quiet talk He had with the eleven men between the upper room and the

olive-green. John preserves much of that talk for us. Listen: "Ye did not

choose Me, but I chose you, and appointed you, that ye should go and bear

fruit, and that your fruit should abide: that"--listen, a part of the

purpose why we have been chosen--"that whatsoever ye shall ask of the

Father in My name, He _may_ give it you."[1] Mark that word "may"; not

"shall" this time but _may_. "Shall" throws the matter over on God--His

purpose. "May" throws it over upon us--our cooperation. That is to say our

praying makes it possible for God to do what otherwise He could not do.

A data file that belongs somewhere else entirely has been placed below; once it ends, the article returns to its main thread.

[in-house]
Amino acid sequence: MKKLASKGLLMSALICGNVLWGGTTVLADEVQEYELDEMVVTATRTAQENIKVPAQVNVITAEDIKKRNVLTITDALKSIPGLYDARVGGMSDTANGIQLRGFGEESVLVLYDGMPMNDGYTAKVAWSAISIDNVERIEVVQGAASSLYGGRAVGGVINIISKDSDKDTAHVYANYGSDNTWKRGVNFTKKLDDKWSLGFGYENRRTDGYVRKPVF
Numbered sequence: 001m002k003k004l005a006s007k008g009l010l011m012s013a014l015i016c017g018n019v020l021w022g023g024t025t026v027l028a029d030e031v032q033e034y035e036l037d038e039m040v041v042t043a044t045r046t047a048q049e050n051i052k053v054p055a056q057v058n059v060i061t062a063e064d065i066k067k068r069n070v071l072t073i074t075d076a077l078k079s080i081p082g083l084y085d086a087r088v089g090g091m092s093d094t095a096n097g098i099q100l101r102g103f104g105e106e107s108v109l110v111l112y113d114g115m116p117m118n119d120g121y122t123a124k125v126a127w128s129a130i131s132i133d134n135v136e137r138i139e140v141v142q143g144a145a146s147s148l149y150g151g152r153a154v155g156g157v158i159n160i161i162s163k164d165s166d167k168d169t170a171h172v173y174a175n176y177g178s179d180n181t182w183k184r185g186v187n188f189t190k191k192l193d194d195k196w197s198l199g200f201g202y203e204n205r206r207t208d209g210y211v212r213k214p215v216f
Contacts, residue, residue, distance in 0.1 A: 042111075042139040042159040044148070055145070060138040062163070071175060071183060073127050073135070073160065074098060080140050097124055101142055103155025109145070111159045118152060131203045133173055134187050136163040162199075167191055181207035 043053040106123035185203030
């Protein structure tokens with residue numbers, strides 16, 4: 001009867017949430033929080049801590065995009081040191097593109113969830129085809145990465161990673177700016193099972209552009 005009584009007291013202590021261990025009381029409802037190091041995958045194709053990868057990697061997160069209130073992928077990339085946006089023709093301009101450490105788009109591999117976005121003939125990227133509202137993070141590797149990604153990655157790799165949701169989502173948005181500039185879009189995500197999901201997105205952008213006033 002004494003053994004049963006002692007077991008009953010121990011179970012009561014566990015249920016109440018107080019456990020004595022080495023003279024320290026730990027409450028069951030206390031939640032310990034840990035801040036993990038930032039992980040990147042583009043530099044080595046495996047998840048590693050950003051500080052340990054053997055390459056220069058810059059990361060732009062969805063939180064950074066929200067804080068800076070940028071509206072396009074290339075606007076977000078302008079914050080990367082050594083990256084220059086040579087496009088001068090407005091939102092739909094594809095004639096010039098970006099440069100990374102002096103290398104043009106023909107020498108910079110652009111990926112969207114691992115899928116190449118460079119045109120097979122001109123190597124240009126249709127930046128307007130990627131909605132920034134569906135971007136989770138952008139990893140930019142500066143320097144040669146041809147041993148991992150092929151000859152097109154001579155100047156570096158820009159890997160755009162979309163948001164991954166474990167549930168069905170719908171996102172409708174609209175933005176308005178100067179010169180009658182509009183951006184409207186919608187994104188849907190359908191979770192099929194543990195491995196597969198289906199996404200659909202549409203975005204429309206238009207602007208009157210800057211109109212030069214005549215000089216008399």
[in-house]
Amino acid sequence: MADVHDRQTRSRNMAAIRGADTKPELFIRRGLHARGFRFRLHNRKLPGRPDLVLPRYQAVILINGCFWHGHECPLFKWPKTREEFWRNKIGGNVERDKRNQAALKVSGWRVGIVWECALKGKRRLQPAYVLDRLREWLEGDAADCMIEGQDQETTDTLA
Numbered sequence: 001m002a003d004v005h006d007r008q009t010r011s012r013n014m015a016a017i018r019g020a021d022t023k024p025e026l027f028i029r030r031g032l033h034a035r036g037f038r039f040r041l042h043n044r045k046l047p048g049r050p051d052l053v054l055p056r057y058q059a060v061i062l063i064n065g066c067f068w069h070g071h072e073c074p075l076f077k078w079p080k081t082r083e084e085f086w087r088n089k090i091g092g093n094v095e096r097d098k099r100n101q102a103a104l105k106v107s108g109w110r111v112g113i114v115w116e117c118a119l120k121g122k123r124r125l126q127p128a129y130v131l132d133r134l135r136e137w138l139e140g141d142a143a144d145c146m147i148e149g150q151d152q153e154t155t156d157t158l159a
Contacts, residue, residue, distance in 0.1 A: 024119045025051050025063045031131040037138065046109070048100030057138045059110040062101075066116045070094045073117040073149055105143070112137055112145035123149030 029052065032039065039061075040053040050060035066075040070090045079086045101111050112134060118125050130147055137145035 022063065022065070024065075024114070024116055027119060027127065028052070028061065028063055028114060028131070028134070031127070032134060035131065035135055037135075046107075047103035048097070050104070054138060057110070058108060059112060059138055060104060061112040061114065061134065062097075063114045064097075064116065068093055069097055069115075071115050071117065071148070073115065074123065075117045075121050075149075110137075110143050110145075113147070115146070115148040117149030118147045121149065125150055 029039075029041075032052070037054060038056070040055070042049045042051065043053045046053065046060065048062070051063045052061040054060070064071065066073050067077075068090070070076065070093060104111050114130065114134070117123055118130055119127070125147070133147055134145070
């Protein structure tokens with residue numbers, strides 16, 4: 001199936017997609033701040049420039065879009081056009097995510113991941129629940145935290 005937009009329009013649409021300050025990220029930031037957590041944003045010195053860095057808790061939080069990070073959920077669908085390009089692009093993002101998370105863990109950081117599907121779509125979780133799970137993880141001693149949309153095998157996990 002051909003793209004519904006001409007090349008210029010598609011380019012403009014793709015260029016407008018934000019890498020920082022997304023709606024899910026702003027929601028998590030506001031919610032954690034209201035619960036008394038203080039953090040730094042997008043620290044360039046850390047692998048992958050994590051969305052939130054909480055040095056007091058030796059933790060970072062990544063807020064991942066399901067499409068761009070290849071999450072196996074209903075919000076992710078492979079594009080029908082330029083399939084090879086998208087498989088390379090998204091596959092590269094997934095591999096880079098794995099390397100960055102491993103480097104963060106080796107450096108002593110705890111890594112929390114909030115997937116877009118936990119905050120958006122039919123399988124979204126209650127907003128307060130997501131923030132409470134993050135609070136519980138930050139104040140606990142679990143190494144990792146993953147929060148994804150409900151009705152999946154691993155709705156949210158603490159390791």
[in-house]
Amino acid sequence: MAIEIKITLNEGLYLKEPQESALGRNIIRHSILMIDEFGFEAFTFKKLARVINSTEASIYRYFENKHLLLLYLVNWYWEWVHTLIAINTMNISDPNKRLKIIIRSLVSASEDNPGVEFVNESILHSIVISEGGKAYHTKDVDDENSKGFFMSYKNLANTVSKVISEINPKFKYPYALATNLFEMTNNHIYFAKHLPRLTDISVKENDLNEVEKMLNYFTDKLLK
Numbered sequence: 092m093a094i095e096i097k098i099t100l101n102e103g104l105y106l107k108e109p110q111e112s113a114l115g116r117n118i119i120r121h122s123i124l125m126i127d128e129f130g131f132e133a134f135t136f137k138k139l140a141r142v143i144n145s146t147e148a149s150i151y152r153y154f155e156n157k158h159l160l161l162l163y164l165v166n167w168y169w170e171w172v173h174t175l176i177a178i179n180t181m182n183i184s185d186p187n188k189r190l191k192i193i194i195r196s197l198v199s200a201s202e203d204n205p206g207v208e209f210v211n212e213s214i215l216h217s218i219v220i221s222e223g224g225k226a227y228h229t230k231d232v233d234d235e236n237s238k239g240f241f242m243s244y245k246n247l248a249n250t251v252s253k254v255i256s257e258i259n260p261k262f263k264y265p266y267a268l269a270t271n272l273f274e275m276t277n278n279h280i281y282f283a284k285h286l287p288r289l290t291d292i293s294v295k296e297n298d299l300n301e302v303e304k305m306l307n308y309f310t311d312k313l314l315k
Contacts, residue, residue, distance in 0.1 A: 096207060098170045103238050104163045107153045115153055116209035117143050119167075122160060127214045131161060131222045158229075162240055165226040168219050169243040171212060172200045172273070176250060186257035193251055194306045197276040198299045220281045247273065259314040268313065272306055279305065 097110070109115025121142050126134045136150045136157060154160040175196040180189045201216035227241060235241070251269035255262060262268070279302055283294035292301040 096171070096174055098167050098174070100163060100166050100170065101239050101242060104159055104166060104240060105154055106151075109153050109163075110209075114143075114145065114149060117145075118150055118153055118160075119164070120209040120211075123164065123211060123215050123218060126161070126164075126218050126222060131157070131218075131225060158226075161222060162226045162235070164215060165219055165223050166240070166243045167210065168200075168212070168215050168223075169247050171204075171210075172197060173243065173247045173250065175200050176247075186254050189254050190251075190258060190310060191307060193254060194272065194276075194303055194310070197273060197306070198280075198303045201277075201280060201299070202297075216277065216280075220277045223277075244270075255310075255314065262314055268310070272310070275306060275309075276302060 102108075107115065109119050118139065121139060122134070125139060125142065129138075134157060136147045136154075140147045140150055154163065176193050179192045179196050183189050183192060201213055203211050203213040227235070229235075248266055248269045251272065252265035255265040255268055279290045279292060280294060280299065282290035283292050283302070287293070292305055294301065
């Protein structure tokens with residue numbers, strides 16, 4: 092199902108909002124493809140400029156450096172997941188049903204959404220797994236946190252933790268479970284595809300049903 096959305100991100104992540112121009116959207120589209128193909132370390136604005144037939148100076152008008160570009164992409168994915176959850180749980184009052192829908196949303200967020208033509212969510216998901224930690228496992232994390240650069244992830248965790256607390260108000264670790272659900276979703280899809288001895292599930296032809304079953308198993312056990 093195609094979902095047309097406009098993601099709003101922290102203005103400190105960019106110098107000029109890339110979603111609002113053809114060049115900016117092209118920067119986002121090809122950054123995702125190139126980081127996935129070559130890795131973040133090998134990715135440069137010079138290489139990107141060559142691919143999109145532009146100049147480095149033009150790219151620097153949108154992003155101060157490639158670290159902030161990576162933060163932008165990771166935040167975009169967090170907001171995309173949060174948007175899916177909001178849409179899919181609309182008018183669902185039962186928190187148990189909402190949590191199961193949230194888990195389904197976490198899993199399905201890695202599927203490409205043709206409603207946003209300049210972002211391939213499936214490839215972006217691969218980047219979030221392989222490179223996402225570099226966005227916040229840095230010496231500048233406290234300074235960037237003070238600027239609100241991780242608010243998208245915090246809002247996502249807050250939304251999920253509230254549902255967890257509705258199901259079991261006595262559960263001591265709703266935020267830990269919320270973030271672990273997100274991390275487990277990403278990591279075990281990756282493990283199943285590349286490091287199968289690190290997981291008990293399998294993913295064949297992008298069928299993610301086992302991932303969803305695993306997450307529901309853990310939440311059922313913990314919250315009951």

And if you think into it a bit, this fits in with the true conception of

prayer. In its simplest analysis prayer--all prayer--has, must have, two

parts. First, a God to give. "Yes," you say, "certainly, a God wealthy,

willing, all of that." And, just as certainly, there must be a second

factor, _a man to receive_. Man's willingness is God's channel to the

earth. God never crowds nor coerces. Everything God does for man and

through man He does with man's consent, always. With due reverence, but

very plainly, let it be said that God can do nothing for the man with shut

hand and shut life. There must be an open hand and heart and life

_through_ which God can give what He longs to. An open life, an open hand,

open upward, is the pipe line of communication between the heart of God

and this poor befooled old world. Our prayer is God's opportunity to get

into the world that would shut Him out.

In touch with a planet.